Letter | Published:

Atmospheric Circulation

Nature volume 119, page 194 (05 February 1927) | Download Citation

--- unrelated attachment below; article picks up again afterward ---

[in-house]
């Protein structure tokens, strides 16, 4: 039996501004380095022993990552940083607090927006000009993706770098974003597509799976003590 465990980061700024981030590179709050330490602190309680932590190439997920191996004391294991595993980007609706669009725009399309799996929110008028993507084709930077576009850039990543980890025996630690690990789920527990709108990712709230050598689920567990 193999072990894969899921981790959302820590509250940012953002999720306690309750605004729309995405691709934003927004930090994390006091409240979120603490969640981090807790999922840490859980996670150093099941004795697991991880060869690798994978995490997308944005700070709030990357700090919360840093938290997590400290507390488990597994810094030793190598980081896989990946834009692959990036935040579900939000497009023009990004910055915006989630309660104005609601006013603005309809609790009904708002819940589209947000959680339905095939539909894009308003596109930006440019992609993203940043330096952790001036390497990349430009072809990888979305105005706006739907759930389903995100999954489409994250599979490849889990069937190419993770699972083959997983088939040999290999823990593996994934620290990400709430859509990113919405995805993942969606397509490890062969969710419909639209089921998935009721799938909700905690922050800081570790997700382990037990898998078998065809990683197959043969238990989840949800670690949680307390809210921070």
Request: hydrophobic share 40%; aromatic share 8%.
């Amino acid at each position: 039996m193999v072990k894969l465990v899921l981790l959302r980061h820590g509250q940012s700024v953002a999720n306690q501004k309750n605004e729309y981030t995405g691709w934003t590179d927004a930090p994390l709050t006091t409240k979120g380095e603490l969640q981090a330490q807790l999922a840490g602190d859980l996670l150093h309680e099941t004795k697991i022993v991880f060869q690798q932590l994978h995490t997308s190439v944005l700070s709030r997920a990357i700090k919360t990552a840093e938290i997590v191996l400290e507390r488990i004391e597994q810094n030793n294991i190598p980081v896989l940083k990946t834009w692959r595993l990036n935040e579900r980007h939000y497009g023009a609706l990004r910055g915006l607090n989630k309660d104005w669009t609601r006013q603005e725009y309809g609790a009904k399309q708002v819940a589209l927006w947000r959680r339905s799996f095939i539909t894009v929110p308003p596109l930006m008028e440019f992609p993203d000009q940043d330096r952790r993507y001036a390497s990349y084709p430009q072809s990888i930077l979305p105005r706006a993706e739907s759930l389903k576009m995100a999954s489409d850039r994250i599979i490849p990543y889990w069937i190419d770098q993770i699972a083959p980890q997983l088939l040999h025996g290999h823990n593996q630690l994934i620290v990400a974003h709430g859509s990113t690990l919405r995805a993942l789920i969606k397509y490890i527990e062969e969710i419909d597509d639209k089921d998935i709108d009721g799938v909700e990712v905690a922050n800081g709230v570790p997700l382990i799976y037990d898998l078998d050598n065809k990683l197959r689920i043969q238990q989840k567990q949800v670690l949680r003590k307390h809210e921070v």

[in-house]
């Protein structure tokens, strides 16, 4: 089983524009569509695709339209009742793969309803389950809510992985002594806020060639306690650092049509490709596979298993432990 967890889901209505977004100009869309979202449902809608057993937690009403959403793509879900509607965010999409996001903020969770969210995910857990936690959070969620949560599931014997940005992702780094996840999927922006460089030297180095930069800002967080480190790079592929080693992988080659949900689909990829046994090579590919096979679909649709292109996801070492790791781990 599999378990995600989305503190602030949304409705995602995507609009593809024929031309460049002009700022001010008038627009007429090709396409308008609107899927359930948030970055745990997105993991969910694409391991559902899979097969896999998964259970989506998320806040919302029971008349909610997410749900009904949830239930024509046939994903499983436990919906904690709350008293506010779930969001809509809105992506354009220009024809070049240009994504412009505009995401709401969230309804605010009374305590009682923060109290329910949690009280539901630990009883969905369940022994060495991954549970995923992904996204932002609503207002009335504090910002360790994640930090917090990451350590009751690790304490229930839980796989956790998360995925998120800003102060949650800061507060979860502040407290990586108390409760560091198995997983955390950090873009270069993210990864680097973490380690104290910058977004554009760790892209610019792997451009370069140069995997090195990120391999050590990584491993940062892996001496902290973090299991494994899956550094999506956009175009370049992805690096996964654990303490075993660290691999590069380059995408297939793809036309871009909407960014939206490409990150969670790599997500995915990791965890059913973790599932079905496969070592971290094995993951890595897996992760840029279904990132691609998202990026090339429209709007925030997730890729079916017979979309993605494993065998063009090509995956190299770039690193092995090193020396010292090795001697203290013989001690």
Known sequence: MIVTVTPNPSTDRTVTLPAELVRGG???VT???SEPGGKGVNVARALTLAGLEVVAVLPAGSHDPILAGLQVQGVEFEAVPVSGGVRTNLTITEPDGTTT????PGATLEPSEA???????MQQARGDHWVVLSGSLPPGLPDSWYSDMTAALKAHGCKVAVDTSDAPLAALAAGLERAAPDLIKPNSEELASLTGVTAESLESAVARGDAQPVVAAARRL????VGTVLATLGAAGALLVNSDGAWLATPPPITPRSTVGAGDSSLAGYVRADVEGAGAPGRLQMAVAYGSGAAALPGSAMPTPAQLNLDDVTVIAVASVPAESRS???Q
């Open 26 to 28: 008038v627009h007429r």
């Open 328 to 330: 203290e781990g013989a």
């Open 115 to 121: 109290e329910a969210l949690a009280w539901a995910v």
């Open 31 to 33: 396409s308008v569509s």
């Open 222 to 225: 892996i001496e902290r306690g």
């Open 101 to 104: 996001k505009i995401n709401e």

THE omission of references seldom leads to intelligibility, and I fear I should have been unable to trace the review mentioned by Prof. W. H. Hobbs (NATURE, Dec. 25, p. 915) had Mr. Bonacina not alluded to it in a letter to me. Prof. Hobbs asserts that my result (Q.J.R. Met. Soc., 1926, 85–104) that the prevailing pressures around the poles should be low was explicitly stated by me to refer to an atmosphere circulating symmetrically over a uniform earth and unrestricted by friction. This is not the case. It is true that I worked out the solution of such a problem, but the result I obtained was that, with the highest temperatures over the equator, the pressure would increase all the way to the poles; this is diametrically opposite to Prof. Hobbs's attempted quotation. Prof. Hobbs omits to mention that I went on to examine which of the neglected factors was responsible for the chief difference between theory and observation; that I traced it to friction; and that my final inference of the existence of low pressures about the poles was the result of an argument depending essentially on friction. Incidentally, the despised frictionless theory, if adapted to cooled continents, would be in qualitative agreement with the facts as stated by Prof. Hobbs.

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